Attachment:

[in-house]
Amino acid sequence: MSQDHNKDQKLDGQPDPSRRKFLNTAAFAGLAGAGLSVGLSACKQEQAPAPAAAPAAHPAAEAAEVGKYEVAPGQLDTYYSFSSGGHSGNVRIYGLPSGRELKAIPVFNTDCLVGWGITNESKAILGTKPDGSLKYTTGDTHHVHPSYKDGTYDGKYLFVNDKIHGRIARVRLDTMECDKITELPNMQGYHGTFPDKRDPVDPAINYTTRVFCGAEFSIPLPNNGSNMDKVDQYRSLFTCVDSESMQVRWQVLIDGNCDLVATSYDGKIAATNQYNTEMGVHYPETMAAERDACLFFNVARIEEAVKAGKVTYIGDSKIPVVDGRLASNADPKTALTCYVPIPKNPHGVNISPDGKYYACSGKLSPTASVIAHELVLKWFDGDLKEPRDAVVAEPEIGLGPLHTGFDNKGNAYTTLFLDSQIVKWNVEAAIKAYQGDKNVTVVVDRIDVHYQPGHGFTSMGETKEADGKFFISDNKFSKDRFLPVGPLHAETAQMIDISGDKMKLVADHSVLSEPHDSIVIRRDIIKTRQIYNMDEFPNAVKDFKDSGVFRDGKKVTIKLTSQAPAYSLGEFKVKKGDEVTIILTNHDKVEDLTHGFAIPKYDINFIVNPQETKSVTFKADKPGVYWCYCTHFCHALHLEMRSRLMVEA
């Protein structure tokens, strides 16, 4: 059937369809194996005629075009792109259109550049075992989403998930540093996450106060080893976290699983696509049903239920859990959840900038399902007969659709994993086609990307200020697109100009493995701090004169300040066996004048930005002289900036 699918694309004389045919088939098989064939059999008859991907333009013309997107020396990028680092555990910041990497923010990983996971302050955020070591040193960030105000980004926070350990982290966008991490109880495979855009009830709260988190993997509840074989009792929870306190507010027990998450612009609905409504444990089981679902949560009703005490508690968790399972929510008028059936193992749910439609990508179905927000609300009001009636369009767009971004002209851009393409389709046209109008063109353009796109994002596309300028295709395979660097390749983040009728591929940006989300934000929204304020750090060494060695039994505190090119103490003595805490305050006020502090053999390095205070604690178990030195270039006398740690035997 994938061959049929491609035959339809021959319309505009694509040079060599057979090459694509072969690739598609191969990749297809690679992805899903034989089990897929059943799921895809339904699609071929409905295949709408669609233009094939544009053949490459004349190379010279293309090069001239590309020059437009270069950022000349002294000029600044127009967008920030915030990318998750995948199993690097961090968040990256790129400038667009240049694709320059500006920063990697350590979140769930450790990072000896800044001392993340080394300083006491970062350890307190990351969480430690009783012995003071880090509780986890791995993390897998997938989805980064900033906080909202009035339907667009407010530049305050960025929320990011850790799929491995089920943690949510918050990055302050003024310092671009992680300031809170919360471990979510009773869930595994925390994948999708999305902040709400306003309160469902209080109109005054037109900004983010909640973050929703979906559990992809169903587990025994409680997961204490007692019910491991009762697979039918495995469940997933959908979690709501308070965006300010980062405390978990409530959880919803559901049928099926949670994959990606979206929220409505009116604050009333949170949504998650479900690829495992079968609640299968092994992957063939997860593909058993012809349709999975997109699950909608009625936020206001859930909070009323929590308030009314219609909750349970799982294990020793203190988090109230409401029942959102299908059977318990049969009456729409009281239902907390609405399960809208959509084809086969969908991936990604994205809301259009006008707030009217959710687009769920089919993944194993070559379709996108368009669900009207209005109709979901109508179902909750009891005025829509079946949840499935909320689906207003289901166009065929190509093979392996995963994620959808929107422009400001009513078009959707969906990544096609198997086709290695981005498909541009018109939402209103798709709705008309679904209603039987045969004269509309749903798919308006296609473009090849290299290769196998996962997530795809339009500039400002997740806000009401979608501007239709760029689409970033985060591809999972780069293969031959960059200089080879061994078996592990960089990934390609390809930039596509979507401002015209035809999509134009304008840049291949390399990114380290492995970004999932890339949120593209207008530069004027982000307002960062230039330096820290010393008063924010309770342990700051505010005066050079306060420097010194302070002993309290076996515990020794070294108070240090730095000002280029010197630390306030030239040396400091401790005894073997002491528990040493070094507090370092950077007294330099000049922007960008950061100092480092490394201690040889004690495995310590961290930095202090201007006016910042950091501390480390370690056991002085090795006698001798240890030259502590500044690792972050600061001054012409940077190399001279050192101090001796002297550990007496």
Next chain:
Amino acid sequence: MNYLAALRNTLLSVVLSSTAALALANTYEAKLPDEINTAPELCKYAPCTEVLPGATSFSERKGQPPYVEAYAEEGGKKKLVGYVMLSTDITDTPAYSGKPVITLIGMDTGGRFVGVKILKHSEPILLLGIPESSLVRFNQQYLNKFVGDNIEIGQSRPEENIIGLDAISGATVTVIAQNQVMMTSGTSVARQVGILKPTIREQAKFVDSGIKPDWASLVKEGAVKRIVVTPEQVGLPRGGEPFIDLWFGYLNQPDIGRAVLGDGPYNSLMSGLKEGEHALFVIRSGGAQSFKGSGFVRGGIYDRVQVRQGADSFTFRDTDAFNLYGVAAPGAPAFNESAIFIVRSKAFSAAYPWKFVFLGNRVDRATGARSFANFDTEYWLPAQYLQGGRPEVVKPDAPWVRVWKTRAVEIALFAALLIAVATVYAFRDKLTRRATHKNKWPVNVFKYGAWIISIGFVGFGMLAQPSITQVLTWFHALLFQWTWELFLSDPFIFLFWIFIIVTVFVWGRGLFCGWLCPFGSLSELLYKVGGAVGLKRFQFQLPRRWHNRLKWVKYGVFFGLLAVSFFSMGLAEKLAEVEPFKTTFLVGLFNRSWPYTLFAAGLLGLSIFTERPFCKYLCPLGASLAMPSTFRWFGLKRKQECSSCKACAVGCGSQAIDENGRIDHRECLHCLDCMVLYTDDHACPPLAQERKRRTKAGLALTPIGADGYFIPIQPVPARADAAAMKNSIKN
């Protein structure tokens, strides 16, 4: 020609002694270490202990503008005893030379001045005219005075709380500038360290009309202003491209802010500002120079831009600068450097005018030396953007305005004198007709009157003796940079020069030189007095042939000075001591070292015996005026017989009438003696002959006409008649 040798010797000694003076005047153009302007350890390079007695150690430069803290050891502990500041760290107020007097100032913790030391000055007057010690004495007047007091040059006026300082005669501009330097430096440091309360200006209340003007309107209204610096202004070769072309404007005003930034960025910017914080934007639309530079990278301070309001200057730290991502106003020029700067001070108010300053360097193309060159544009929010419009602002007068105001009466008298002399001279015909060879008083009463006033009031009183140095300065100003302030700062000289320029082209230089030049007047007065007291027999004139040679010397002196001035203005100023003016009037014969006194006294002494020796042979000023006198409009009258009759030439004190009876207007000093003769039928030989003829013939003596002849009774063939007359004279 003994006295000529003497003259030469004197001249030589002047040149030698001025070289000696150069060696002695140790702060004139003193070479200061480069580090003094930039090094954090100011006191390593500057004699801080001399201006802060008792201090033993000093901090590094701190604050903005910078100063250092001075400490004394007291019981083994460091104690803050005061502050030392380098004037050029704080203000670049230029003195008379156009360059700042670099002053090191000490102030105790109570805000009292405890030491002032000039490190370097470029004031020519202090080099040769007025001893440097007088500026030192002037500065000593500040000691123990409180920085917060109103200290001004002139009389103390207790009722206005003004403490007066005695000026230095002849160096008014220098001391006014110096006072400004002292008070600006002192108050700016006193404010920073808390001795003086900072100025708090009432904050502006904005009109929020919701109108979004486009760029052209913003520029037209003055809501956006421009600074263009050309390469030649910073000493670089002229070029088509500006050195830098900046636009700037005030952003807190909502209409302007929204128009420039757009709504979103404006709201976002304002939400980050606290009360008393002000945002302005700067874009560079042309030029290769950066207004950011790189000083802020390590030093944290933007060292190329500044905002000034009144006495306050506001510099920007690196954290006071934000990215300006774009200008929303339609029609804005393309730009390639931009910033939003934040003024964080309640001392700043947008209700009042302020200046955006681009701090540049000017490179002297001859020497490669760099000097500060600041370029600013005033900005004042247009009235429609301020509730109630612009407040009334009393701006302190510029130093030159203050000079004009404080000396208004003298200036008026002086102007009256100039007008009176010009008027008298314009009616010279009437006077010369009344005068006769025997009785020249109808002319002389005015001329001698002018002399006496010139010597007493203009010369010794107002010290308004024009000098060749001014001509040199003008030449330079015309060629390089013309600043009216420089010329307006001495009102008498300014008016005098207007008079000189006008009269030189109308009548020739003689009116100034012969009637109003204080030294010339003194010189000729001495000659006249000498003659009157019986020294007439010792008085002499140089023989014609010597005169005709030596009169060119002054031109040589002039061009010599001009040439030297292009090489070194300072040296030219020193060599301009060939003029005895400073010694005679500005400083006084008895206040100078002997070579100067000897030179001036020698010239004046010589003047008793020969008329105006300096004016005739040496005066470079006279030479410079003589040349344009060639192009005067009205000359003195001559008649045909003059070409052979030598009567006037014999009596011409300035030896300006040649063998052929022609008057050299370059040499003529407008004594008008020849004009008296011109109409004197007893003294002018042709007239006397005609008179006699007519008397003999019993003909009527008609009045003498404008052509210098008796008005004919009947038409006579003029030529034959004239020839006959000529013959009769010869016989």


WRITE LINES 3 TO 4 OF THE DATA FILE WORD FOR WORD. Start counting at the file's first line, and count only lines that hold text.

């Protein structure tokens, strides 16, 4: 059937369809194996005629075009792109259109550049075992989403998930540093996450106060080893976290699983696509049903239920859990959840900038399902007969659709994993086609990307200020697109100009493995701090004169300040066996004048930005002289900036 699918694309004389045919088939098989064939059999008859991907333009013309997107020396990028680092555990910041990497923010990983996971302050955020070591040193960030105000980004926070350990982290966008991490109880495979855009009830709260988190993997509840074989009792929870306190507010027990998450612009609905409504444990089981679902949560009703005490508690968790399972929510008028059936193992749910439609990508179905927000609300009001009636369009767009971004002209851009393409389709046209109008063109353009796109994002596309300028295709395979660097390749983040009728591929940006989300934000929204304020750090060494060695039994505190090119103490003595805490305050006020502090053999390095205070604690178990030195270039006398740690035997 994938061959049929491609035959339809021959319309505009694509040079060599057979090459694509072969690739598609191969990749297809690679992805899903034989089990897929059943799921895809339904699609071929409905295949709408669609233009094939544009053949490459004349190379010279293309090069001239590309020059437009270069950022000349002294000029600044127009967008920030915030990318998750995948199993690097961090968040990256790129400038667009240049694709320059500006920063990697350590979140769930450790990072000896800044001392993340080394300083006491970062350890307190990351969480430690009783012995003071880090509780986890791995993390897998997938989805980064900033906080909202009035339907667009407010530049305050960025929320990011850790799929491995089920943690949510918050990055302050003024310092671009992680300031809170919360471990979510009773869930595994925390994948999708999305902040709400306003309160469902209080109109005054037109900004983010909640973050929703979906559990992809169903587990025994409680997961204490007692019910491991009762697979039918495995469940997933959908979690709501308070965006300010980062405390978990409530959880919803559901049928099926949670994959990606979206929220409505009116604050009333949170949504998650479900690829495992079968609640299968092994992957063939997860593909058993012809349709999975997109699950909608009625936020206001859930909070009323929590308030009314219609909750349970799982294990020793203190988090109230409401029942959102299908059977318990049969009456729409009281239902907390609405399960809208959509084809086969969908991936990604994205809301259009006008707030009217959710687009769920089919993944194993070559379709996108368009669900009207209005109709979901109508179902909750009891005025829509079946949840499935909320689906207003289901166009065929190509093979392996995963994620959808929107422009400001009513078009959707969906990544096609198997086709290695981005498909541009018109939402209103798709709705008309679904209603039987045969004269509309749903798919308006296609473009090849290299290769196998996962997530795809339009500039400002997740806000009401979608501007239709760029689409970033985060591809999972780069293969031959960059200089080879061994078996592990960089990934390609390809930039596509979507401002015209035809999509134009304008840049291949390399990114380290492995970004999932890339949120593209207008530069004027982000307002960062230039330096820290010393008063924010309770342990700051505010005066050079306060420097010194302070002993309290076996515990020794070294108070240090730095000002280029010197630390306030030239040396400091401790005894073997002491528990040493070094507090370092950077007294330099000049922007960008950061100092480092490394201690040889004690495995310590961290930095202090201007006016910042950091501390480390370690056991002085090795006698001798240890030259502590500044690792972050600061001054012409940077190399001279050192101090001796002297550990007496």
Next chain: